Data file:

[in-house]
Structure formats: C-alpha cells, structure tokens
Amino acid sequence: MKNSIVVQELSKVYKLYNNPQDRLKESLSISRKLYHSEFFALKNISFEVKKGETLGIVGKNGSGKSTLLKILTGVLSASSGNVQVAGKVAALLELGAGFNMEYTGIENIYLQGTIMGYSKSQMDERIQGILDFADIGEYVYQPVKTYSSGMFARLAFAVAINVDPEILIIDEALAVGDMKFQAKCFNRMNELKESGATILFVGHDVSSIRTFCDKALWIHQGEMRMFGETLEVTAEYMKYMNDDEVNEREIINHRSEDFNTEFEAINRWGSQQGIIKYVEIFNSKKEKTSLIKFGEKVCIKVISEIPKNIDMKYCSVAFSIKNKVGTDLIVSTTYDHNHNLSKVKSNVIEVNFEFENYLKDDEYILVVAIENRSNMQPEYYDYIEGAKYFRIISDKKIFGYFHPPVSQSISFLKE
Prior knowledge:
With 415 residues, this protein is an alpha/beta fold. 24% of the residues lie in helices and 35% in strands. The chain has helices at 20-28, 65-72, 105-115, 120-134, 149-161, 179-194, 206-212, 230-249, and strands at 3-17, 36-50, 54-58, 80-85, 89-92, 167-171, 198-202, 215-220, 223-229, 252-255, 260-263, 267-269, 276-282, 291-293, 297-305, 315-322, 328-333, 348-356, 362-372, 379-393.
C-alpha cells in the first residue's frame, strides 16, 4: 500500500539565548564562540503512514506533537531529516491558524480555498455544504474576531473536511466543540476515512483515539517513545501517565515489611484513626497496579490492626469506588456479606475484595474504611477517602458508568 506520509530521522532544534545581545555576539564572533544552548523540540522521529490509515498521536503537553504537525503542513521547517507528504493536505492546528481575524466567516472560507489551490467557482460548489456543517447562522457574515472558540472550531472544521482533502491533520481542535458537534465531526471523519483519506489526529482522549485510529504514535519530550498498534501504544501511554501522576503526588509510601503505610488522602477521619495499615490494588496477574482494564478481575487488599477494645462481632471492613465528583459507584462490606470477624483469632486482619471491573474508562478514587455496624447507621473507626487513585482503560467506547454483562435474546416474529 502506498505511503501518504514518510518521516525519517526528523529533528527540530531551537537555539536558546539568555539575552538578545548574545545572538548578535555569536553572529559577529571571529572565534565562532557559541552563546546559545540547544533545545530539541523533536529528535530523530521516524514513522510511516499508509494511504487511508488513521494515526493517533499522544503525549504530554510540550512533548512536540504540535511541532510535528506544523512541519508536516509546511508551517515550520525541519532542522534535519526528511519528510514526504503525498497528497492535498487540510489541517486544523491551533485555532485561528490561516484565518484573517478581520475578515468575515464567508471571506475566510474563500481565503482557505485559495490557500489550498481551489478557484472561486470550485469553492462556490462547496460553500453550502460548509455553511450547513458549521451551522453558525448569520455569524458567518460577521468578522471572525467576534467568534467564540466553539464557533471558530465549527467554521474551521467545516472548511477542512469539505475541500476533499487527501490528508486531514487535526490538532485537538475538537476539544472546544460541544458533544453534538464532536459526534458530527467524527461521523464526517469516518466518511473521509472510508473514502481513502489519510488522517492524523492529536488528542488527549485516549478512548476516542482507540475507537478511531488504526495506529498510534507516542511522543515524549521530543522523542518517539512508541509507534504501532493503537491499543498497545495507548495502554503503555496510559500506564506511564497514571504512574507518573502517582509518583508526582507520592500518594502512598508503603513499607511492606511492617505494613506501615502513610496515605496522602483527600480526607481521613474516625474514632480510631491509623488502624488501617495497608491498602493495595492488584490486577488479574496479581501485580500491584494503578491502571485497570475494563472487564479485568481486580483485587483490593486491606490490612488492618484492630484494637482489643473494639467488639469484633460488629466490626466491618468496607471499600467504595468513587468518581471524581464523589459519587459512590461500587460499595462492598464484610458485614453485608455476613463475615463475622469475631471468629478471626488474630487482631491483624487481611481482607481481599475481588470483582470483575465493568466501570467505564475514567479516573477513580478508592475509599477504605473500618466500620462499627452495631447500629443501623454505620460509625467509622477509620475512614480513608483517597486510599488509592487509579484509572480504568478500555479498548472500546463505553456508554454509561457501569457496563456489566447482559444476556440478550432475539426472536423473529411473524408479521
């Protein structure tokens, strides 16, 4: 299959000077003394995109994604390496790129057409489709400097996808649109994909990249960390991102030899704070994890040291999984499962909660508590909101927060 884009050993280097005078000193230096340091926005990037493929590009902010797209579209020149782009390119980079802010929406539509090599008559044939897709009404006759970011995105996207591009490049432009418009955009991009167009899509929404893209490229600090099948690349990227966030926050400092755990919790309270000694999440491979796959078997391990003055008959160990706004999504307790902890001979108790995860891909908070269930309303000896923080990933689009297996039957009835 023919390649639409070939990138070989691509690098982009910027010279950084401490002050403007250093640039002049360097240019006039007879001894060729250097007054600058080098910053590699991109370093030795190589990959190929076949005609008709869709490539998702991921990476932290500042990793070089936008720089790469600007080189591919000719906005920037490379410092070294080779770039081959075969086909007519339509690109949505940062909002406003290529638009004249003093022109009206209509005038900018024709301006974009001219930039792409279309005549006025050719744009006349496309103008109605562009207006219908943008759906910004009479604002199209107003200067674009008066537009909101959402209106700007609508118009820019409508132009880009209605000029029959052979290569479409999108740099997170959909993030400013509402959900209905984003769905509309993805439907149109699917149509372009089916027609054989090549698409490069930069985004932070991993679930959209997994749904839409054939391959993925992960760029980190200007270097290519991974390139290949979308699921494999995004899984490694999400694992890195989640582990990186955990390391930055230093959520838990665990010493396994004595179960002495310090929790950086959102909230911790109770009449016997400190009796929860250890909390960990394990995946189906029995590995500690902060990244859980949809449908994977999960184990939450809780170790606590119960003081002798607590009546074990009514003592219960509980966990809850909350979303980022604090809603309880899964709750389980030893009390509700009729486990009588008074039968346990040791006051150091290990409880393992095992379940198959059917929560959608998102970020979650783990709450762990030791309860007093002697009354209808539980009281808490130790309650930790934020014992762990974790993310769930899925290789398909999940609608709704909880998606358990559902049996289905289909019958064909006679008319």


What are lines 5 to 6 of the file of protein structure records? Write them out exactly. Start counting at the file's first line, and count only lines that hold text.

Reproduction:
With 415 residues, this protein is an alpha/beta fold. 24% of the residues lie in helices and 35% in strands. The chain has helices at 20-28, 65-72, 105-115, 120-134, 149-161, 179-194, 206-212, 230-249, and strands at 3-17, 36-50, 54-58, 80-85, 89-92, 167-171, 198-202, 215-220, 223-229, 252-255, 260-263, 267-269, 276-282, 291-293, 297-305, 315-322, 328-333, 348-356, 362-372, 379-393.
C-alpha cells in the first residue's frame, strides 16, 4: 500500500539565548564562540503512514506533537531529516491558524480555498455544504474576531473536511466543540476515512483515539517513545501517565515489611484513626497496579490492626469506588456479606475484595474504611477517602458508568 506520509530521522532544534545581545555576539564572533544552548523540540522521529490509515498521536503537553504537525503542513521547517507528504493536505492546528481575524466567516472560507489551490467557482460548489456543517447562522457574515472558540472550531472544521482533502491533520481542535458537534465531526471523519483519506489526529482522549485510529504514535519530550498498534501504544501511554501522576503526588509510601503505610488522602477521619495499615490494588496477574482494564478481575487488599477494645462481632471492613465528583459507584462490606470477624483469632486482619471491573474508562478514587455496624447507621473507626487513585482503560467506547454483562435474546416474529 502506498505511503501518504514518510518521516525519517526528523529533528527540530531551537537555539536558546539568555539575552538578545548574545545572538548578535555569536553572529559577529571571529572565534565562532557559541552563546546559545540547544533545545530539541523533536529528535530523530521516524514513522510511516499508509494511504487511508488513521494515526493517533499522544503525549504530554510540550512533548512536540504540535511541532510535528506544523512541519508536516509546511508551517515550520525541519532542522534535519526528511519528510514526504503525498497528497492535498487540510489541517486544523491551533485555532485561528490561516484565518484573517478581520475578515468575515464567508471571506475566510474563500481565503482557505485559495490557500489550498481551489478557484472561486470550485469553492462556490462547496460553500453550502460548509455553511450547513458549521451551522453558525448569520455569524458567518460577521468578522471572525467576534467568534467564540466553539464557533471558530465549527467554521474551521467545516472548511477542512469539505475541500476533499487527501490528508486531514487535526490538532485537538475538537476539544472546544460541544458533544453534538464532536459526534458530527467524527461521523464526517469516518466518511473521509472510508473514502481513502489519510488522517492524523492529536488528542488527549485516549478512548476516542482507540475507537478511531488504526495506529498510534507516542511522543515524549521530543522523542518517539512508541509507534504501532493503537491499543498497545495507548495502554503503555496510559500506564506511564497514571504512574507518573502517582509518583508526582507520592500518594502512598508503603513499607511492606511492617505494613506501615502513610496515605496522602483527600480526607481521613474516625474514632480510631491509623488502624488501617495497608491498602493495595492488584490486577488479574496479581501485580500491584494503578491502571485497570475494563472487564479485568481486580483485587483490593486491606490490612488492618484492630484494637482489643473494639467488639469484633460488629466490626466491618468496607471499600467504595468513587468518581471524581464523589459519587459512590461500587460499595462492598464484610458485614453485608455476613463475615463475622469475631471468629478471626488474630487482631491483624487481611481482607481481599475481588470483582470483575465493568466501570467505564475514567479516573477513580478508592475509599477504605473500618466500620462499627452495631447500629443501623454505620460509625467509622477509620475512614480513608483517597486510599488509592487509579484509572480504568478500555479498548472500546463505553456508554454509561457501569457496563456489566447482559444476556440478550432475539426472536423473529411473524408479521